Anthrocon 2020 is cancelled. That's sad news, although in an abstract way for us, as we didn't expect to go. It does take the pressure off from my friend (not chefmongoose) who keeps asking if I'll attend this year. But Anthrocon is held in the same convention center as Pinburgh/ReplayFX. This year it was scheduled to be one week earlier. Pinburgh has been annoyingly stubborn about not admitting the possibility that perhaps things might not come off precisely as scheduled this year, or even acknowledging that they're thinking about the chance they'll have to postpone or cancel.
But it's coming, surely within a week. I wouldn't be surprised if there were an announcement between my writing these words (about 7:30 pm Eastern) and their posting. It's so strange to be sitting up and just waiting for the sad news I know to be coming.
I wonder if our tickets for 2020 will roll over to next year, or if they'll refund everybody's and we have to enter the time lottery for 2021 again. Either way is just, and either way is unjust.
Our second full day in the Keweenaw we went, first, to the Quincy Mine. It's what it says on the label: a once-working copper mine that's become a National Historical Park and sometimes a teaching facility for Northern Michigan University, which used to have a mining program.
First, though, we went into Houghton, the big city in the area, where as you can see they were ready for Animal Crossing: New Horizons years before anyone else was. Houghton has a population of about eight thousand people, and it's the fifth-largest city in the upper peninsula. (The metro area is closer to 40,000 people.)
Suomi, the Finnish restaurant (there's a lot of Scandinavians who moved to the upper peninsula) where we went for lunch, for pannukakku, which I know what you're thinking but is not just a pancake all over again.
Some folks gathered in a park and listening to the guy with his guitar.
Establishing shot of the Quincy Mine entrance; you can just see my car off to the right. We'd driven past it a couple times already, since it's on US Route 41 like it seems everything in the Keweenaw Peninsula is.
The Number Two Rockhouse, the roughly eight(?)-storey building into which ore would be heaped and sorted and put into place.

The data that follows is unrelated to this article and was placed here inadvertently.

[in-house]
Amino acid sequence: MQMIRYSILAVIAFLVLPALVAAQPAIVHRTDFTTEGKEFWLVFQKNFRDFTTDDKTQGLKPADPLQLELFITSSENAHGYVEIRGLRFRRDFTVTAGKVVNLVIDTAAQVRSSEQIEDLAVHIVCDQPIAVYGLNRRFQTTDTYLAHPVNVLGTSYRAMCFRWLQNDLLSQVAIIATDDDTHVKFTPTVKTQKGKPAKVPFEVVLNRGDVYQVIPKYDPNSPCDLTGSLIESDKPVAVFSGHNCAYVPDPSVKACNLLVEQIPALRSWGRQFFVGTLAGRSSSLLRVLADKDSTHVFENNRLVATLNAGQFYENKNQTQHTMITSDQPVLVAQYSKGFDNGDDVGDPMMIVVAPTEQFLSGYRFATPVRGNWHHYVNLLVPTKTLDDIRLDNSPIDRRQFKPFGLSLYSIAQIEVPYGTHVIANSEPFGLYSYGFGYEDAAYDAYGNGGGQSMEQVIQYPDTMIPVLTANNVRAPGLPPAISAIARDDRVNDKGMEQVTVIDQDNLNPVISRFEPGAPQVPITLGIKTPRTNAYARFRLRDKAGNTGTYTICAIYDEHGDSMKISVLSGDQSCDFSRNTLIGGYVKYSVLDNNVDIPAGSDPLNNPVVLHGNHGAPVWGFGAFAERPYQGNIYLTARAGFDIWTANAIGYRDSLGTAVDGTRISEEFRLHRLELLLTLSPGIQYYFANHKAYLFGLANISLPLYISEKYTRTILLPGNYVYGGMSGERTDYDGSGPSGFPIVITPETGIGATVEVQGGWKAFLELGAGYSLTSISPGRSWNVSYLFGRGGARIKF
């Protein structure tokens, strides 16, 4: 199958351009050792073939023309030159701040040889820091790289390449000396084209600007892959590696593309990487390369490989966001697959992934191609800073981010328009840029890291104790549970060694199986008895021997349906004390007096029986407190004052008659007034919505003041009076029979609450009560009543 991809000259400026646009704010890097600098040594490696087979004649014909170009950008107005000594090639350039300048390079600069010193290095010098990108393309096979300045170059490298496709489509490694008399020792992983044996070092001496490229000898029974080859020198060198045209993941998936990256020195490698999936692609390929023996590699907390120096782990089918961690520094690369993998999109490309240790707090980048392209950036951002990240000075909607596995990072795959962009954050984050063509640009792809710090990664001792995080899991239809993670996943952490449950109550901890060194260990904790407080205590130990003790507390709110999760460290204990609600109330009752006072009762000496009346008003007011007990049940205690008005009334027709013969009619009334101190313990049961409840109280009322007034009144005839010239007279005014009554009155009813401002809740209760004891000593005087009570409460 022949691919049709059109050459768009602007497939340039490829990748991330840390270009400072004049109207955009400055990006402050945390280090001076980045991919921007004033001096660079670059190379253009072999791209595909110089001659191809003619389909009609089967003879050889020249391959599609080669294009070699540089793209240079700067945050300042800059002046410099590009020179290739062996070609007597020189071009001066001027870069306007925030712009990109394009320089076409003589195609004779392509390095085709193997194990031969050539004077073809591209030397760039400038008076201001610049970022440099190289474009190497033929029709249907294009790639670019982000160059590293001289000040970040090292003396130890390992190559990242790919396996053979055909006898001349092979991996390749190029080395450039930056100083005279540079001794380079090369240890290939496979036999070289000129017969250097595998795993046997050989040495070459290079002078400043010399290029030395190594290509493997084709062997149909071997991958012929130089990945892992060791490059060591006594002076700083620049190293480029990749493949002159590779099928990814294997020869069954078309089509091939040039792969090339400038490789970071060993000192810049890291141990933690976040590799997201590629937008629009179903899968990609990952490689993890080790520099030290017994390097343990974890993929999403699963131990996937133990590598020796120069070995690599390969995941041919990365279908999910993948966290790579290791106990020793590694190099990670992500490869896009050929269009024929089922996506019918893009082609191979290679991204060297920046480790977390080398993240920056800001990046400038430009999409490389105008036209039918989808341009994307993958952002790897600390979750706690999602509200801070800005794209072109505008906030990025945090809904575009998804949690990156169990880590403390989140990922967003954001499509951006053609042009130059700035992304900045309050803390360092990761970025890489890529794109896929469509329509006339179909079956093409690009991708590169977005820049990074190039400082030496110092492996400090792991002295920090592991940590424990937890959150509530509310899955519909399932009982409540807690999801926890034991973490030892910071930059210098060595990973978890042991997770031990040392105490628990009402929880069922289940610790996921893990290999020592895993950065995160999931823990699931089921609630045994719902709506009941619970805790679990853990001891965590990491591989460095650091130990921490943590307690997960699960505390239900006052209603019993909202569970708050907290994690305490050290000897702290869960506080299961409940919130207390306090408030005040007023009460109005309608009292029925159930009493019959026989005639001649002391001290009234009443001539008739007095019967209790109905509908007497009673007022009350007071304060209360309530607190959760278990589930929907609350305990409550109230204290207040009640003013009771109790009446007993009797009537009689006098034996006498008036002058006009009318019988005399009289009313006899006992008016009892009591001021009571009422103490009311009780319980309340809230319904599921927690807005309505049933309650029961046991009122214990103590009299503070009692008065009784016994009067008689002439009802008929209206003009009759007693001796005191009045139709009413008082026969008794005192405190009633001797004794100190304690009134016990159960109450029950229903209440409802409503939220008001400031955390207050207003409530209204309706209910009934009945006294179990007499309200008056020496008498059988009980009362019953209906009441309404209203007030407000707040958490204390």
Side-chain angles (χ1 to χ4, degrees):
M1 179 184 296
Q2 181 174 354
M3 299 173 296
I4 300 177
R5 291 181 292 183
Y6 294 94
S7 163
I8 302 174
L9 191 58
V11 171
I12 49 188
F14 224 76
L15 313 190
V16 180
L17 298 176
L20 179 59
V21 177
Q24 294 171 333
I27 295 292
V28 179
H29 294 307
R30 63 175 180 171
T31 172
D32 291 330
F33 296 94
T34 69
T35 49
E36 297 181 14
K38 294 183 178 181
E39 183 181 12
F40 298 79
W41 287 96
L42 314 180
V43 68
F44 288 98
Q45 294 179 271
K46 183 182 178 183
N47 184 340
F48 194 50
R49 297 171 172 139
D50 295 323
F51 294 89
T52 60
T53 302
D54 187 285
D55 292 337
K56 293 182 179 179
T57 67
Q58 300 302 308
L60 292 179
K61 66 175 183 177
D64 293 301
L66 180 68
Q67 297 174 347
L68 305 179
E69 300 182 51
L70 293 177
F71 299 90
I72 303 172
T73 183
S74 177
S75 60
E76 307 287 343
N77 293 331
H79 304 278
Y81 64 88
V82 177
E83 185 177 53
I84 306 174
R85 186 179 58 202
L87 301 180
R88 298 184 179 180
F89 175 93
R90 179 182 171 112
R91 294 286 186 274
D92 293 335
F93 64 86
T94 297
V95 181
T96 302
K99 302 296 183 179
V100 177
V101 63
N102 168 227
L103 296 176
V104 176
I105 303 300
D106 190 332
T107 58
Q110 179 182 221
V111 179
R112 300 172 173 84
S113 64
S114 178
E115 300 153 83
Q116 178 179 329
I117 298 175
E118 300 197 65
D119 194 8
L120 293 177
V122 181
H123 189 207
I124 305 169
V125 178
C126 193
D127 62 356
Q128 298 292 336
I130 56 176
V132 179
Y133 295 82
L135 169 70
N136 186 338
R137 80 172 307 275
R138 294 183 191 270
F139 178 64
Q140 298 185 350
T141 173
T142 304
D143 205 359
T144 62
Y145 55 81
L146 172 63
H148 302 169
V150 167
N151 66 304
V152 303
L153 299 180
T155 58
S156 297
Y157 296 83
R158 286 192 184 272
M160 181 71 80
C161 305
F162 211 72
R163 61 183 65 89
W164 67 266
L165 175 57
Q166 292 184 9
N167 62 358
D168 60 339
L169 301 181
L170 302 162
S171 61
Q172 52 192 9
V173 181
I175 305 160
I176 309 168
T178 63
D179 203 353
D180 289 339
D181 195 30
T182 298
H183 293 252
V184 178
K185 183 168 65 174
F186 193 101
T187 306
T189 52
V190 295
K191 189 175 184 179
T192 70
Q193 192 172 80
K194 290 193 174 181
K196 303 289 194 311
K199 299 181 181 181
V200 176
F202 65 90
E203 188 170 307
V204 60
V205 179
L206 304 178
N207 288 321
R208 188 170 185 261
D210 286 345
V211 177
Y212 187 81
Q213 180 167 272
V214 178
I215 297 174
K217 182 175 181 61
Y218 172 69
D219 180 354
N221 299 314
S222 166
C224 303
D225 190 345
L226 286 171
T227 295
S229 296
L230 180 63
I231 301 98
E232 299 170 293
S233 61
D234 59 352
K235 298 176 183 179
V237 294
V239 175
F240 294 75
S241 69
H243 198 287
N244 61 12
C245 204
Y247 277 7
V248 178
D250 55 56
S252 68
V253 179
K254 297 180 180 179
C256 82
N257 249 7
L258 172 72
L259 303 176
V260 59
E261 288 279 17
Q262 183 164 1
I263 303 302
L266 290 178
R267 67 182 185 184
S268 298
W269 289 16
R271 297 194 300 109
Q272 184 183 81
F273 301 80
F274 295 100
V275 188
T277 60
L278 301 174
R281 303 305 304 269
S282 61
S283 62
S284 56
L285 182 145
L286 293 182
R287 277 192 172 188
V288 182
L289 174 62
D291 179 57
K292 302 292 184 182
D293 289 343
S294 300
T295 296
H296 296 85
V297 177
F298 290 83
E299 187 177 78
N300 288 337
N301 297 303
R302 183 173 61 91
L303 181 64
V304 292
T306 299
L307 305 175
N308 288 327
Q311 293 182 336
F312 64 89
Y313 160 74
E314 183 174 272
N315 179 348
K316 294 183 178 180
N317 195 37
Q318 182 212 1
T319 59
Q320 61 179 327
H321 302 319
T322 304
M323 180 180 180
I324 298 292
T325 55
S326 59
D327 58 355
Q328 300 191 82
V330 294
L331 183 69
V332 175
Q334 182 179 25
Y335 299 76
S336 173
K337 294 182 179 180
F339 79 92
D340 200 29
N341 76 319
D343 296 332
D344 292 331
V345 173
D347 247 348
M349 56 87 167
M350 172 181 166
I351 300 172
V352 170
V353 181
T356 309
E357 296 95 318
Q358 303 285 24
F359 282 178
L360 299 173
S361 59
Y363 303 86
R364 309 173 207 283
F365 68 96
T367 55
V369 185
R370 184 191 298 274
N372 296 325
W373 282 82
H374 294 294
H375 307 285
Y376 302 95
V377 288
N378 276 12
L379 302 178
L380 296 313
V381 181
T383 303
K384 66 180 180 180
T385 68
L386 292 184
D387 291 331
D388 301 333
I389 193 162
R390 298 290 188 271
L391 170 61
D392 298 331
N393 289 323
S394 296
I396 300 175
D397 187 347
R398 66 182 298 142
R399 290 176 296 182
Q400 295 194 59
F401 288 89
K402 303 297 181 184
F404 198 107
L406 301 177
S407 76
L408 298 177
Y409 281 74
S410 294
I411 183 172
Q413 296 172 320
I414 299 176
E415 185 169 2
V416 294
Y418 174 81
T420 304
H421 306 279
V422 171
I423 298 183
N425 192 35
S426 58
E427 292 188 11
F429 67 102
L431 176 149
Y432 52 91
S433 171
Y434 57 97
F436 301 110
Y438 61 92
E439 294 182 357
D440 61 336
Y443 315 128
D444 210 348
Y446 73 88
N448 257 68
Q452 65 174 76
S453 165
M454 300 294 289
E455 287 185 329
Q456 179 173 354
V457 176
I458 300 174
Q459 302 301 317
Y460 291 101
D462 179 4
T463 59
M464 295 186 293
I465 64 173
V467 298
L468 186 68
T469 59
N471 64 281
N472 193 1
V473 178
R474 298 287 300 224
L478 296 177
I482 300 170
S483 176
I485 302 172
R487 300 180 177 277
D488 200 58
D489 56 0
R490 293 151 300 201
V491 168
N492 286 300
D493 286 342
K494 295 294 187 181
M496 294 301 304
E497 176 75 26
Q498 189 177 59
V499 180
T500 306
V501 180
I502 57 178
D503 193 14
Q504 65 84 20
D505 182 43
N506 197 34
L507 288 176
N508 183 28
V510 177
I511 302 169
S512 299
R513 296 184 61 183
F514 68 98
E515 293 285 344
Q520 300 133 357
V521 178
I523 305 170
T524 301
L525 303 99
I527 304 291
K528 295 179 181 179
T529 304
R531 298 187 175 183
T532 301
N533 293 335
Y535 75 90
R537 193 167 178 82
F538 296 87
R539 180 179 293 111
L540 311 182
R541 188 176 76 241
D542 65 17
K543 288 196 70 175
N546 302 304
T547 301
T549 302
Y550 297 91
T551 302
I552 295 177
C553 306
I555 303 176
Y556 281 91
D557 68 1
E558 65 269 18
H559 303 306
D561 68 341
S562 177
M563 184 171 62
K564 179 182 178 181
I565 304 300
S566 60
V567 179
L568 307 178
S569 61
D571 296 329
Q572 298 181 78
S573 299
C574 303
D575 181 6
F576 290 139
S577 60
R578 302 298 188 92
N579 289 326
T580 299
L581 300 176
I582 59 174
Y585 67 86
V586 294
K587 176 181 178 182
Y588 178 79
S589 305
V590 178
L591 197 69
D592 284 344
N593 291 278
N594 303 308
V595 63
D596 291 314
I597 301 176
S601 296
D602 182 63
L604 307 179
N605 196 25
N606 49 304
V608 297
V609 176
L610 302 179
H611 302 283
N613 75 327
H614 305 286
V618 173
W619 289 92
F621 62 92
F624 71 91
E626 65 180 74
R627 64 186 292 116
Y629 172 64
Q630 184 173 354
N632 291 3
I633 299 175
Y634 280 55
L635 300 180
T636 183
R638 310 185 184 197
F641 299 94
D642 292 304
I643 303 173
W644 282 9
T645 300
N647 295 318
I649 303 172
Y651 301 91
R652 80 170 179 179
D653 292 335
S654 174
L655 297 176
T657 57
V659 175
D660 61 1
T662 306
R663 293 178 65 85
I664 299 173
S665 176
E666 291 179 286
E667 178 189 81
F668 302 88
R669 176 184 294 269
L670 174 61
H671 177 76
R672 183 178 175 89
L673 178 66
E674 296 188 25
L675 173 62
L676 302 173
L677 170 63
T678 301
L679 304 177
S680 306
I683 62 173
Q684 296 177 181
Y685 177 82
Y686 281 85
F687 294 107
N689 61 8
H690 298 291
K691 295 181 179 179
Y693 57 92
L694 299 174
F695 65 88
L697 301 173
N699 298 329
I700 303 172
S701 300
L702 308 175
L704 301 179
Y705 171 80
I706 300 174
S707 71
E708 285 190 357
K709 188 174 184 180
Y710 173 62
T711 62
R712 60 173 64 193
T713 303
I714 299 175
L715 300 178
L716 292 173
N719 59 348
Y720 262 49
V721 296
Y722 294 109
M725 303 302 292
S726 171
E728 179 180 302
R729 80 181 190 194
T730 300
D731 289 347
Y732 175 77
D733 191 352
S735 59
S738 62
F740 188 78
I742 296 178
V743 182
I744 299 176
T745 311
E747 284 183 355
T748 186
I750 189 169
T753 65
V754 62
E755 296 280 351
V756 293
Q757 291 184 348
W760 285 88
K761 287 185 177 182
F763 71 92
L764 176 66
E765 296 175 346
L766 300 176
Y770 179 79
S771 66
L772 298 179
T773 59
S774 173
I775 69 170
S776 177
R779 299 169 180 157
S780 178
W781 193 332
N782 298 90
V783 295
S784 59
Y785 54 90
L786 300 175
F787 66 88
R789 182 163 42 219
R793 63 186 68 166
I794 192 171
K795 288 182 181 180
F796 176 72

The welcome center and gift shop and place where you buy tickets. I don't know its original function and wouldn't be surprised if it had been management offices.
Model within the welcome center showing the layout of the mine. US 41 is the road running along the distant end of the table, and you can see the Rockhouse in the upper right corner. The straight line running diagonally through the sunbeam is the railway down to the adit, the horizontal entrance into the mine that we would use.
A cross section, inside the rockhouse, showing the Number Two mining shaft, which you can see goes down (the sign estimates) 6,225 feet vertically and 9,260 feet in all. We would go only down to that horizontal mark near the top, less than a thousand feet under the surface.
Elevator mechanisms that would bring loads of ore up to be sorted and crew down and up to work and be relieved.
Aw, the rock dump is trying its best!
The elevator on right would carry people, who'd sit on each step, their feet in back of the people ahead of them. This looks like an incredible way to get yourself killed just by sitting but apparently it didn't kill enough people so as to be uneconomical.
Diagram of the rockhouse operations, showing the way that ore would get sorted; in the middle-center you can see the Poor Rock Bin in its working location. Also you can see the link between this house and the mine.
The 1882 Hoist House, which held the machinery for an earlier hoisting mechanism and, I suppose, the Number 1 shaft.
Do you see the letterbox in this picture? No? Us neither, but as best we could tell from the clues there should have been one somewhere around here. We couldn't figure what the clues were trying to get at, exactly, unless they wanted us to go into the parts of the building roped off as unsafe. They can't have meant that.
Our tickets! We had reservations to go on the 3:00 mine tour, which left without us, so we got the 3:30 instead.
Miniature railroad that's set up inside the final hoist house, and the gathering point for the mine tours.
Trivia: In 1879, the first time the United States Postmaster General prepared such a list, there were 98 recorded post offices robbed in a year. Source: The American Mail: Enlarger of the Common Life, Wayne E Fuller.
Currently Reading: The Lost Tribe of Coney Island: Headhunters, Luna Park, and the Man Who Pulled Off the Spectacle of the Century, Claire Prentice.